8. Transfer the mixture to a stand mixer fitted with the whisk attachment, and whip on medium-high speed until the frosting is light and fluffy and holds medium peaks, 6-7 minutes. Add the peppermint and vanilla extracts and food coloring, if using, and mix to combine.
  9. Frost the cake: mound the frosting (or pipe using a pastry bag fitted with a large round tip) into a sort of an upside down cone shape on top of the cooled cake. Chill in the freezer for 15-20 minutes.
  10. If necessary, warm the milk chocolate glaze in the microwave in 15 second bursts until it’s fluid, but not hot. To glaze the cake, place a wire rack on a baking sheet. Place the chilled cake on the wire rack and pour the glaze slowly over the cake to fully coat it. If needed, you can spoon the glaze that’s fallen onto the baking sheet over any bare spots. Scatter the crushed candy around the base of the cake, if desired.
  11. The glaze should firm up within 5 minutes. If it doesn’t, pop the cake in the refrigerator for a few minutes. The cake is now ready to be sliced and served—it will hold at room temperature once the glaze is set, but you can hold it in the fridge for up to 4 hours before serving as well.


  • Cake
  • American
  • Christmas
  • Winter
  • Holiday
  • Dessert

See what other Food52ers are saying.

  • Kirsten Seymour

  • Stephanie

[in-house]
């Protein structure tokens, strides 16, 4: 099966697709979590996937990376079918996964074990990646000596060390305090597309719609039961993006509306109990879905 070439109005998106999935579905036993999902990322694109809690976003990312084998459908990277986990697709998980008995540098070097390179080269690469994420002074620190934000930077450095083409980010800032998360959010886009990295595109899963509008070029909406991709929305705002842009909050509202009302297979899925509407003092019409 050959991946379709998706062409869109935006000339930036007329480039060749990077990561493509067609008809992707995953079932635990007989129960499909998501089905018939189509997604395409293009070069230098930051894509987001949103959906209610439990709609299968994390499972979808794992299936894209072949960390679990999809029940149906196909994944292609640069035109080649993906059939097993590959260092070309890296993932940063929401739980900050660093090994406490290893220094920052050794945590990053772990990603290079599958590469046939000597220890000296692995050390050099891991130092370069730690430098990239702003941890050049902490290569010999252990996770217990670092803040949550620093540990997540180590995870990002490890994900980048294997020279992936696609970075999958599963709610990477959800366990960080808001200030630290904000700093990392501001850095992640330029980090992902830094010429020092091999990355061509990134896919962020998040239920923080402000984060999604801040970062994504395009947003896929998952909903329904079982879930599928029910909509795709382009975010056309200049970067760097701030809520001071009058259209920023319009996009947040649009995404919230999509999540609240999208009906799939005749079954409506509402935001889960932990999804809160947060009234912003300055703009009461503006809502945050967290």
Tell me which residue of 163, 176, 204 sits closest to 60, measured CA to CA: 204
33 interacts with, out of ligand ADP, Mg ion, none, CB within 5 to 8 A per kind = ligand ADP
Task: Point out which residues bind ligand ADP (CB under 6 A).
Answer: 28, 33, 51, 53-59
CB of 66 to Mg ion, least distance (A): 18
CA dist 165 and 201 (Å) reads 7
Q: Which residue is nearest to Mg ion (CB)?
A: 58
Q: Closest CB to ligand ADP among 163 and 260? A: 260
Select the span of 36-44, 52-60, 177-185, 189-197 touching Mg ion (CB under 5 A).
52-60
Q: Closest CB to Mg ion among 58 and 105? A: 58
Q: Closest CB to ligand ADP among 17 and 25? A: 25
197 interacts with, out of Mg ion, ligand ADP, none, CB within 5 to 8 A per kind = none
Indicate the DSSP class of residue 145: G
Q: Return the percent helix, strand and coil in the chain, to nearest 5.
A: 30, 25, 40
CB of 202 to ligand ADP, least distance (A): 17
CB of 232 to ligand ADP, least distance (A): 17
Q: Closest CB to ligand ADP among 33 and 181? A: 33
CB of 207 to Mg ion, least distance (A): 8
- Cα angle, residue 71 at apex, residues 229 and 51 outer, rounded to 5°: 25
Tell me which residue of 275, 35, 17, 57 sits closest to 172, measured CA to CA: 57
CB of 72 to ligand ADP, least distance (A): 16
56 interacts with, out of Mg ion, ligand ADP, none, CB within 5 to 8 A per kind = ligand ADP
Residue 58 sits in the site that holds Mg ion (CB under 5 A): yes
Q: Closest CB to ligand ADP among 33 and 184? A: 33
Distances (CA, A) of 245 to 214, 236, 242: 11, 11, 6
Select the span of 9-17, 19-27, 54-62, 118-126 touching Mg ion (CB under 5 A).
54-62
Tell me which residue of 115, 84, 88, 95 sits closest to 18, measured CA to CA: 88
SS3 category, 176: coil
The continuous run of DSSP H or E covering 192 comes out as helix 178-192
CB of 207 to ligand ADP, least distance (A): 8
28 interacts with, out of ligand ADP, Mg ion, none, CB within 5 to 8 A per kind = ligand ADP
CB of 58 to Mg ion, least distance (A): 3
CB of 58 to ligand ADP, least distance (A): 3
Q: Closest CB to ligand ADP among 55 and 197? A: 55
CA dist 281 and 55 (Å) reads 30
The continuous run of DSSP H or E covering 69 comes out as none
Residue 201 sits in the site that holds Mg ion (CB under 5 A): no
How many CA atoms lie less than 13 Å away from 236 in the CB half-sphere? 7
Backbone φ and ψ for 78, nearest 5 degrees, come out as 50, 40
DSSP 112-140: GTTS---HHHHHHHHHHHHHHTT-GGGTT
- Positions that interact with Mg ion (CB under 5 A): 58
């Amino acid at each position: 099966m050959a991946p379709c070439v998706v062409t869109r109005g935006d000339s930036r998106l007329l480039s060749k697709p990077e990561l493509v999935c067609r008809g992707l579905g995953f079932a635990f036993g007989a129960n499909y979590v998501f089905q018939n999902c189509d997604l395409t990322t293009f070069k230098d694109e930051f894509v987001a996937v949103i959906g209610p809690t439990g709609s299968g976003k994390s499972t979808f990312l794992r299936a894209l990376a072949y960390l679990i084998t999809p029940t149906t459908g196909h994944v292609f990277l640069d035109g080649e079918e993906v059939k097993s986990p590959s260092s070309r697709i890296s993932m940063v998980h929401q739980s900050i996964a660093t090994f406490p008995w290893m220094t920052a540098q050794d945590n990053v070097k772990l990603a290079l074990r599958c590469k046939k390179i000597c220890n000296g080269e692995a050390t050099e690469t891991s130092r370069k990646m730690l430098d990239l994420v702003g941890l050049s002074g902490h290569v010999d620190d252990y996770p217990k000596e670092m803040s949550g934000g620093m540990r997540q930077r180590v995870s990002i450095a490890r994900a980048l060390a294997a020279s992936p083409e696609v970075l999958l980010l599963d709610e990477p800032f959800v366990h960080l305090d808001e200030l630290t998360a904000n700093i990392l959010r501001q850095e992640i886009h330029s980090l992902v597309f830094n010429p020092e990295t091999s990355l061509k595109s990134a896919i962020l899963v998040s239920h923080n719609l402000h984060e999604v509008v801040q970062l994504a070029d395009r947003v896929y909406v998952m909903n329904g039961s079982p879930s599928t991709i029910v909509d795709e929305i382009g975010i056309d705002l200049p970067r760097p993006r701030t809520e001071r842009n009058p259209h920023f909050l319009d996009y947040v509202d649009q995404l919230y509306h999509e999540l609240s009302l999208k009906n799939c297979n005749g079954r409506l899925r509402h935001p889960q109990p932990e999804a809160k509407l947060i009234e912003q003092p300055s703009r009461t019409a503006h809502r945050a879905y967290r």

• Seth Gross

  • Kate

Recipe by: Erin Jeanne McDowell

I always have three kinds of hot sauce in my purse. I have a soft spot for making people their favorite dessert, especially if it's wrapped in a pastry crust. My newest cookbook, Savory Baking, came out in Fall of 2022 - is full of recipes to translate a love of baking into recipes for breakfast, dinner, and everything in between!

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4 Reviews

Stephanie November 7, 2020

Made this for a birthday party and got rave reviews!! The only slight drawback was that the chocolate shell tasted so much of the coconut oil. I weighed it out and used high quality milk chocolate so I don't know if this was just the way it was supposed to taste or not. The coconut was less present once on the cake but I could still taste it. Anybody else find this to be the case?

Kate December 1, 2020

You can use refined coconut oil. It doesn't taste or smell coconut-y like the unrefined one usually found in grocery stores. (I have recently seen refined coconut oil at my local Trader Joe's but ordered online before that.)

Seth G. January 1, 2019

Although this cake involves three steps it is not really that difficult to make and it is a crowd-pleasing showstopper. It makes quite an impression when you slice it! I served it on New Year’s Eve and it was a hit.

I followed the instructions exactly and it came out as expected. One thing that would have helped is some kind of nine-inch cardboard cake round to put under the cake while icing it. I had the cake on a plate, with a sheet pan under the plate. As the icing flowed down the sides of the cake it pooled on the plate and while I spooned it off and poured it back over the cake, some of it inevitably hardened on the plate making for a less professional-looking finish.

Kirsten S. January 20, 2019

Slide some wax paper under the edges of your cake on all sides before icing it. When you’re done, pull them out and your plate will still be pristine :)

Peppermint Hi-Hat Cake Recipe on Food52 (2024)